Defoe on Sheppard and Wild

Daniel Defoe and Prof. Richard Holmes, O.B.E.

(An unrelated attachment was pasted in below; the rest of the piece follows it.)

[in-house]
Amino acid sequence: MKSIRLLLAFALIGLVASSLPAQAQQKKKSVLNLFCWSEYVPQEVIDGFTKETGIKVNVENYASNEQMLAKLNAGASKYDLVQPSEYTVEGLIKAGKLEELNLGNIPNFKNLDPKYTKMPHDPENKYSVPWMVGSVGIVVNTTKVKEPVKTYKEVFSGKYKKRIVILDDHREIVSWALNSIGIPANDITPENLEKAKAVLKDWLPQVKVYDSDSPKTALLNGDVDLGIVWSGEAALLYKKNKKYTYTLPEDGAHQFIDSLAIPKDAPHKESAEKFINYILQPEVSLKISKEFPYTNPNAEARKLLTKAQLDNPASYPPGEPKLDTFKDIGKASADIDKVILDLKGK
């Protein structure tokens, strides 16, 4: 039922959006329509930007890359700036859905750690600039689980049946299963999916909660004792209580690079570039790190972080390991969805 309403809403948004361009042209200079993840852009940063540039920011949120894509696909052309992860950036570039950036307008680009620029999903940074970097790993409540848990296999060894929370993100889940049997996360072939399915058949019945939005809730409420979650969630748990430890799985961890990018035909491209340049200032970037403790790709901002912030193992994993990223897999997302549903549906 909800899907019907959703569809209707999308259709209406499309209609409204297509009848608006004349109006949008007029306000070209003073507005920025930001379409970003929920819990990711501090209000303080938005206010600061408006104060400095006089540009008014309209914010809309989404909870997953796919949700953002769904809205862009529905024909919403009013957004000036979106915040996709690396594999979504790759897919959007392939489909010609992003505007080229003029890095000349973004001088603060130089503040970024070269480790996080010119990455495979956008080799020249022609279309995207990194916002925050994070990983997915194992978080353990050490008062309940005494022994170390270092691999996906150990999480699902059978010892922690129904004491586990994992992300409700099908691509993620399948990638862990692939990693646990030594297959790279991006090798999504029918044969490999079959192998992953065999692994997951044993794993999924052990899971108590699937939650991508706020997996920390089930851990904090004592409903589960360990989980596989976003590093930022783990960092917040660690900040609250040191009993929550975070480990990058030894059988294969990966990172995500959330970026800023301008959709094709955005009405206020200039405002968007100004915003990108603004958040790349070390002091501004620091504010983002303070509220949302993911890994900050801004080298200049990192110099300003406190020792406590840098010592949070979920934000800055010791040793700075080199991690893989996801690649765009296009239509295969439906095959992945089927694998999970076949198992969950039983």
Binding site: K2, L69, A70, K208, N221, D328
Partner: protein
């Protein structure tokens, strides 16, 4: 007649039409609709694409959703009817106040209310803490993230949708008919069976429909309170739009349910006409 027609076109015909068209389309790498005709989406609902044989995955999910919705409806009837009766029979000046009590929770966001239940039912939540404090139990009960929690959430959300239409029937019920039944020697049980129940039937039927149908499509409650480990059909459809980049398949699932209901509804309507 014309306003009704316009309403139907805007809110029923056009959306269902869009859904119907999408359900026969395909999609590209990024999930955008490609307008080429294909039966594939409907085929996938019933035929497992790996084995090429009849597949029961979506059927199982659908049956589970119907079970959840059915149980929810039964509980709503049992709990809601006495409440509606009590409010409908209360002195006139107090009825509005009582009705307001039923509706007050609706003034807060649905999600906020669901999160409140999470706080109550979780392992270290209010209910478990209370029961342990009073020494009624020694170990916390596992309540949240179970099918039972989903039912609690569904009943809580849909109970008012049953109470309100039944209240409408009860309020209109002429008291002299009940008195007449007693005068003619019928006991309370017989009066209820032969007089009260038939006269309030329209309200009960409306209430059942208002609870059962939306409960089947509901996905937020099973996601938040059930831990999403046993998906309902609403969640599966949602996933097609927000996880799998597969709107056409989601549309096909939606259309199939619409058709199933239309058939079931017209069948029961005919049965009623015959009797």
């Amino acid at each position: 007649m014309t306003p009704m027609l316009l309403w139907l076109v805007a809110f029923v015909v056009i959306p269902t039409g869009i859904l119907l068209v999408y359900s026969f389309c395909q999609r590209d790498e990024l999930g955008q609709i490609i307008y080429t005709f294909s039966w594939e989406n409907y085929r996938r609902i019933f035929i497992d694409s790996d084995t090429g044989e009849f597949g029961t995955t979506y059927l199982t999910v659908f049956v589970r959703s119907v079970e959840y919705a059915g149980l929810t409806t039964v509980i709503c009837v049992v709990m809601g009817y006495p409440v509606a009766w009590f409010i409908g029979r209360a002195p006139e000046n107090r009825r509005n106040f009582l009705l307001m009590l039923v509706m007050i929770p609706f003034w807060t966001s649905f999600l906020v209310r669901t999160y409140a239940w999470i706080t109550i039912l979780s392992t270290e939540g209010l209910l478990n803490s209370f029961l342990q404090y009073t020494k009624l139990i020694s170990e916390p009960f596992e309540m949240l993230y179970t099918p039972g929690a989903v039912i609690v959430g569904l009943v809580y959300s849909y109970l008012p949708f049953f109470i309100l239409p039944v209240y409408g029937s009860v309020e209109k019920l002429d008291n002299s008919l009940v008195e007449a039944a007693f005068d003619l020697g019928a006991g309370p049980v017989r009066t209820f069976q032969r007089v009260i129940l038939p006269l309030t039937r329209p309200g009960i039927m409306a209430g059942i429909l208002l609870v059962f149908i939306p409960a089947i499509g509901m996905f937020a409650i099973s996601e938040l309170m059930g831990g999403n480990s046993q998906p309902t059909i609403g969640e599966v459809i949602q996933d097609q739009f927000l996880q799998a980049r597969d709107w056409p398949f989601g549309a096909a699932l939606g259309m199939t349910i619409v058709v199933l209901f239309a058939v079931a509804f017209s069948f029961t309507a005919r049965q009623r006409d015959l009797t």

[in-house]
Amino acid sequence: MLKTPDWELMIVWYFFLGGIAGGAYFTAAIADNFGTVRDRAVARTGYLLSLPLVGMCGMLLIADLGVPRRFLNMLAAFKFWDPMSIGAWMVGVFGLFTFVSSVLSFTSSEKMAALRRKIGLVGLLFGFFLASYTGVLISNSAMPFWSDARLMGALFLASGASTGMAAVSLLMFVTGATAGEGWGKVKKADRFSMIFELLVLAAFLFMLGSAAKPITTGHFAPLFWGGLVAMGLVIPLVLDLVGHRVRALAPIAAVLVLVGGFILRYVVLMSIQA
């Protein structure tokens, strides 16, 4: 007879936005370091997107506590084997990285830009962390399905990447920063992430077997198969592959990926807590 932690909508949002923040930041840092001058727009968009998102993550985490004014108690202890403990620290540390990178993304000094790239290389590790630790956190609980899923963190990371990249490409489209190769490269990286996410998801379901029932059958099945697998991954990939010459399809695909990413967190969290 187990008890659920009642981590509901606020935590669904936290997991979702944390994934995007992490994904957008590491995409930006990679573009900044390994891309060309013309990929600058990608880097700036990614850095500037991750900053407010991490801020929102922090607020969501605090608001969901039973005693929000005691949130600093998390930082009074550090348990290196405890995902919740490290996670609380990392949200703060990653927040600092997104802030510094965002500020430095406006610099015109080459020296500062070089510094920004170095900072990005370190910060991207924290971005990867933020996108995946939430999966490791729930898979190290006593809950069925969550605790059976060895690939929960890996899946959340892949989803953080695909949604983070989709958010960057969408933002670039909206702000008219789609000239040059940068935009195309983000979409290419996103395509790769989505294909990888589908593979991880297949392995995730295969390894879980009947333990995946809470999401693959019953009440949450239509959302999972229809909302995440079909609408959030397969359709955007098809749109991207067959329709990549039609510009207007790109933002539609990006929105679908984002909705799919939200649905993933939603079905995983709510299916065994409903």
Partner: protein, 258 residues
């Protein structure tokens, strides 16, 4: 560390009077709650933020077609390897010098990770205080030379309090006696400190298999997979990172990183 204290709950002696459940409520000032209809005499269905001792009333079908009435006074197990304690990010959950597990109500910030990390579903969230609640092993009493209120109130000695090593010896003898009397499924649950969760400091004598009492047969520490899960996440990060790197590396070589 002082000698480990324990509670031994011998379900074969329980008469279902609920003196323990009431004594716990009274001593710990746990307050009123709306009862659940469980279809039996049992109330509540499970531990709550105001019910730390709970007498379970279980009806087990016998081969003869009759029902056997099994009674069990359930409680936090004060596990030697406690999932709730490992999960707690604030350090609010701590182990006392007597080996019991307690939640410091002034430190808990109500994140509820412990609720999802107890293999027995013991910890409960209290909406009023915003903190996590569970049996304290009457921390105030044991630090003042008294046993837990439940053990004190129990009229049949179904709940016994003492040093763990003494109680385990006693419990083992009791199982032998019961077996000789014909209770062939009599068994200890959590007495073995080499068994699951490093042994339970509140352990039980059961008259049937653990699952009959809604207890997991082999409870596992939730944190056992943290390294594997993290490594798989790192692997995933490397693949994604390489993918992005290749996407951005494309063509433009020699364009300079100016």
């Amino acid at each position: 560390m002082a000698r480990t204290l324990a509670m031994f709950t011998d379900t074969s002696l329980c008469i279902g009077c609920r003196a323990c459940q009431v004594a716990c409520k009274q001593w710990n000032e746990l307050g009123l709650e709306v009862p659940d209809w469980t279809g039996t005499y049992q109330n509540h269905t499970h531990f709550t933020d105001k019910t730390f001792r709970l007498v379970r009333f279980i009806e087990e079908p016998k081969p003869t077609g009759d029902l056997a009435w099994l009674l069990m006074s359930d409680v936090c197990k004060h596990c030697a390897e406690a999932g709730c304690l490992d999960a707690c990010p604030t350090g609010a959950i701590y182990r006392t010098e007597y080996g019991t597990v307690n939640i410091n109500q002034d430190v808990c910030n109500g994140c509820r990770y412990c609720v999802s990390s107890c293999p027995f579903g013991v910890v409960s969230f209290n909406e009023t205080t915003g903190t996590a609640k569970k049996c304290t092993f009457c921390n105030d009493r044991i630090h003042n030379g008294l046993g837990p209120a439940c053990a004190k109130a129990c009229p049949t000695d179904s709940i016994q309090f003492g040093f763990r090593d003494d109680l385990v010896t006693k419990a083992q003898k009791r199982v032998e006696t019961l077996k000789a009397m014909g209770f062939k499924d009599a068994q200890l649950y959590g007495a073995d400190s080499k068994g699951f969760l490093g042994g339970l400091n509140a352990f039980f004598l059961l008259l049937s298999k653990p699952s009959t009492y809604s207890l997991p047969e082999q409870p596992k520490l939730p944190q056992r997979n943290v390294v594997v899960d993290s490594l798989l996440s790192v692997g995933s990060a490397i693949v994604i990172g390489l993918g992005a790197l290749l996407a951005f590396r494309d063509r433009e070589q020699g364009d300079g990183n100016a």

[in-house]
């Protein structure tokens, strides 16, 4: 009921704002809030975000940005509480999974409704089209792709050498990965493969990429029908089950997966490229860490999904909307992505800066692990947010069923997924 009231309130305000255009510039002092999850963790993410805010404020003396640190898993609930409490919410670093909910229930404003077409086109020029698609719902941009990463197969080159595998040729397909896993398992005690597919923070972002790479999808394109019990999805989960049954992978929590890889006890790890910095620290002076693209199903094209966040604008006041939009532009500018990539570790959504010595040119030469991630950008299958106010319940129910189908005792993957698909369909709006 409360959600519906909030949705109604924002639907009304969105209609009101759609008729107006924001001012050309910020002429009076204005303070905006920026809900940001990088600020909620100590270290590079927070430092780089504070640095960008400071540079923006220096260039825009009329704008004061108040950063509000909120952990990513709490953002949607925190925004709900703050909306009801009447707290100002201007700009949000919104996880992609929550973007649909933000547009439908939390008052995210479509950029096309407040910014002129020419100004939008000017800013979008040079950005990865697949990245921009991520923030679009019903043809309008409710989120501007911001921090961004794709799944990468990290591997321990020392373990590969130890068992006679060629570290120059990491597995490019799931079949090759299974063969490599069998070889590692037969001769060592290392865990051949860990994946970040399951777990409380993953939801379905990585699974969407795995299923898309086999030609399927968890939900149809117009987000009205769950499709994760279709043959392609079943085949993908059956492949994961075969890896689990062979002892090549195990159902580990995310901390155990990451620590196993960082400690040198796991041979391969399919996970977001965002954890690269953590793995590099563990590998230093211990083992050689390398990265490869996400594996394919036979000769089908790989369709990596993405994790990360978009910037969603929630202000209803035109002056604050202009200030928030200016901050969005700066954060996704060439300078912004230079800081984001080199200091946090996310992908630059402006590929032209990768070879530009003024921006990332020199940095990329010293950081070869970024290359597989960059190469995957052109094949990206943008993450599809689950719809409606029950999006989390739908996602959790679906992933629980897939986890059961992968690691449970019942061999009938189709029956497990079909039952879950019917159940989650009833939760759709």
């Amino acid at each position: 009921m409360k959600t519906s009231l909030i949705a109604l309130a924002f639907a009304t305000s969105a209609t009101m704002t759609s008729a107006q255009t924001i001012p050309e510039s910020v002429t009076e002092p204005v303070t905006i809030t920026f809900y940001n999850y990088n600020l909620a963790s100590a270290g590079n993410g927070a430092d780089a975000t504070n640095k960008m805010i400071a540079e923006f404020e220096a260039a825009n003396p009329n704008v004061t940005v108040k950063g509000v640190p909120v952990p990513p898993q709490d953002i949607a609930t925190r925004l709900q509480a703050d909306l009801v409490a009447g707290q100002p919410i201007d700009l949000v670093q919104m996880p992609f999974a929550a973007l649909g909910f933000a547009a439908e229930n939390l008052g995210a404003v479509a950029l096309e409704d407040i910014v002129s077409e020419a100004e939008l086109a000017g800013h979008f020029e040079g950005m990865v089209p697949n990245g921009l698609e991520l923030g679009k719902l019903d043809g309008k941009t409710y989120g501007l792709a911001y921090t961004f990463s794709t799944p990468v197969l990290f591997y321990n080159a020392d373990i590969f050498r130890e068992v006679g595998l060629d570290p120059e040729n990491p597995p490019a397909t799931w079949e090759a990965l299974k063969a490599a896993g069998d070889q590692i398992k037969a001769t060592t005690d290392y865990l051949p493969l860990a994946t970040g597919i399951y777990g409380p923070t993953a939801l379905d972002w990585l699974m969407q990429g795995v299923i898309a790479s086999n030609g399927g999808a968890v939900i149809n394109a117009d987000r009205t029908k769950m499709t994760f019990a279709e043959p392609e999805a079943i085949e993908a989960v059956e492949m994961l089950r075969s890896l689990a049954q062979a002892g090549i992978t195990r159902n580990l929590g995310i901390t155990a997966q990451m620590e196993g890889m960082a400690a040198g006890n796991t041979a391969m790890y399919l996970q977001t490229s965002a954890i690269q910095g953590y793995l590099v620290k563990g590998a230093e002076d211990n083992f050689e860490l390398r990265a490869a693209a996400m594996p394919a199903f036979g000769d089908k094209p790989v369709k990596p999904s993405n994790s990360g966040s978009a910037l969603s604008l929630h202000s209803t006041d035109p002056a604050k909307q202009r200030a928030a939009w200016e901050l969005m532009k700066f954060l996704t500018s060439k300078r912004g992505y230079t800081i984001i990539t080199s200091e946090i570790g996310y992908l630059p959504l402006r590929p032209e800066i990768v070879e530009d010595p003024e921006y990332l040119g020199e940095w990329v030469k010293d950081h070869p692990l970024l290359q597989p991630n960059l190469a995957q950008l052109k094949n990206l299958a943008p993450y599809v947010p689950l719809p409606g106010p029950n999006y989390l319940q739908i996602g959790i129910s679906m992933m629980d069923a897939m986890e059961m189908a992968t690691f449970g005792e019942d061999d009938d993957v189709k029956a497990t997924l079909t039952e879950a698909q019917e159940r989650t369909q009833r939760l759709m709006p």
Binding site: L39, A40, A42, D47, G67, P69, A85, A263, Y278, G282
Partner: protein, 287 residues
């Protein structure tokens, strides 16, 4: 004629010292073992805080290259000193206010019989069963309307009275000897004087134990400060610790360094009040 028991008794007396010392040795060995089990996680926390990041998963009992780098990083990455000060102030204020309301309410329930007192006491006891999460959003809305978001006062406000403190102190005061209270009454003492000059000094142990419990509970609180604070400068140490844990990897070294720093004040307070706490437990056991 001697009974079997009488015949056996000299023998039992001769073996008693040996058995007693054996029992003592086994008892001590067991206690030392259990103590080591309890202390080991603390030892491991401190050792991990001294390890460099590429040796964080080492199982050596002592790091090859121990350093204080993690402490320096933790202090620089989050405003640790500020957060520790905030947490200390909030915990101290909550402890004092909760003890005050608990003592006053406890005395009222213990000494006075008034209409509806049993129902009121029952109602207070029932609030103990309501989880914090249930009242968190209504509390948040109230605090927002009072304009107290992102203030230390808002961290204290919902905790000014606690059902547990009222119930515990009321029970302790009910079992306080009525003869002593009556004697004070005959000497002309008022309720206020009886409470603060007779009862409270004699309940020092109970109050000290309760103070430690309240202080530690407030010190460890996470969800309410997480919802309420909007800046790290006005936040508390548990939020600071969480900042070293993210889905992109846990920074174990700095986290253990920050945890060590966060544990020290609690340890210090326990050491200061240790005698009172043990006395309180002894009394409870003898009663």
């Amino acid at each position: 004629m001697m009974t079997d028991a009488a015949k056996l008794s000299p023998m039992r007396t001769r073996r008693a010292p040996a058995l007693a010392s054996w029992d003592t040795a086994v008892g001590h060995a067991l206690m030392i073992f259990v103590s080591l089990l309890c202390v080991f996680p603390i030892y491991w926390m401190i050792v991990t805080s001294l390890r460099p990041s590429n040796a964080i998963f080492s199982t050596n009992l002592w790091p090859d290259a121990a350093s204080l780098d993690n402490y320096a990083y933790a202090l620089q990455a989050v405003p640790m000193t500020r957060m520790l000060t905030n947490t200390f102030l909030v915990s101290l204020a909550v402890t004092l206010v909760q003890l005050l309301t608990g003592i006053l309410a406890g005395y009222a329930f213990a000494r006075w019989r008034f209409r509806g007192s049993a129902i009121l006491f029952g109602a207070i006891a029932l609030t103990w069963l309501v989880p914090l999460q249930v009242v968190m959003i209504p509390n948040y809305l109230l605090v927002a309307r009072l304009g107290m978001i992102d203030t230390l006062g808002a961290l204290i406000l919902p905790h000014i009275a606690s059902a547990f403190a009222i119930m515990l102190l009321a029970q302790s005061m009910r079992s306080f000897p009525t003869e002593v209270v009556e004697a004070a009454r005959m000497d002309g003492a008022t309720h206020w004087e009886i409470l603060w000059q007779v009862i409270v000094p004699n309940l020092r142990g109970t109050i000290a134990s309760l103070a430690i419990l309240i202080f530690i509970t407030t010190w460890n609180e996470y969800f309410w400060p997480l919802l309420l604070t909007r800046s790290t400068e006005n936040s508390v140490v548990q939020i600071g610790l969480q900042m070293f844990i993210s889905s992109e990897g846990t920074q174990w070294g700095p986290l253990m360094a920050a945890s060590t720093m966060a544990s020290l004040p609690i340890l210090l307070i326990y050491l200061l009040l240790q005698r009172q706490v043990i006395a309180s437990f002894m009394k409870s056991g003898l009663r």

In this pioneering series, Richard Holmes, the world’s leading Romantic biographer, sets out to recover the great forgotten tradition of English biographical writing. ‘I have had no time for dusty tomes,’ writes Holmes, ‘I have looked for brevity, intelligence and style. Above all, I have sought out great biographical writers: biographers with passion, biographers who have found a way to the heart and soul of a memorable subject.’ Jack Sheppard was an 18th-century Houdini – a handsome young escape artist who broke out of his cell on Newgate’s grim Death Row three times. Jonathan Wild was the infamous Thief-Taker General who helped to recapture him and many other criminals, only to be tried and executed himself for racketeering, among scenes of mayhem at Tyburn. Daniel Defoe, the master of adventure fiction, was fascinated by ‘True Confessions’ and the workings of the criminal personality (including its daring, its stoicism and its humour). He was the first to retell these stories, based on personal interviews in Newgate, which also include a thrilling (sometimes hour by hour) reconstruction of events.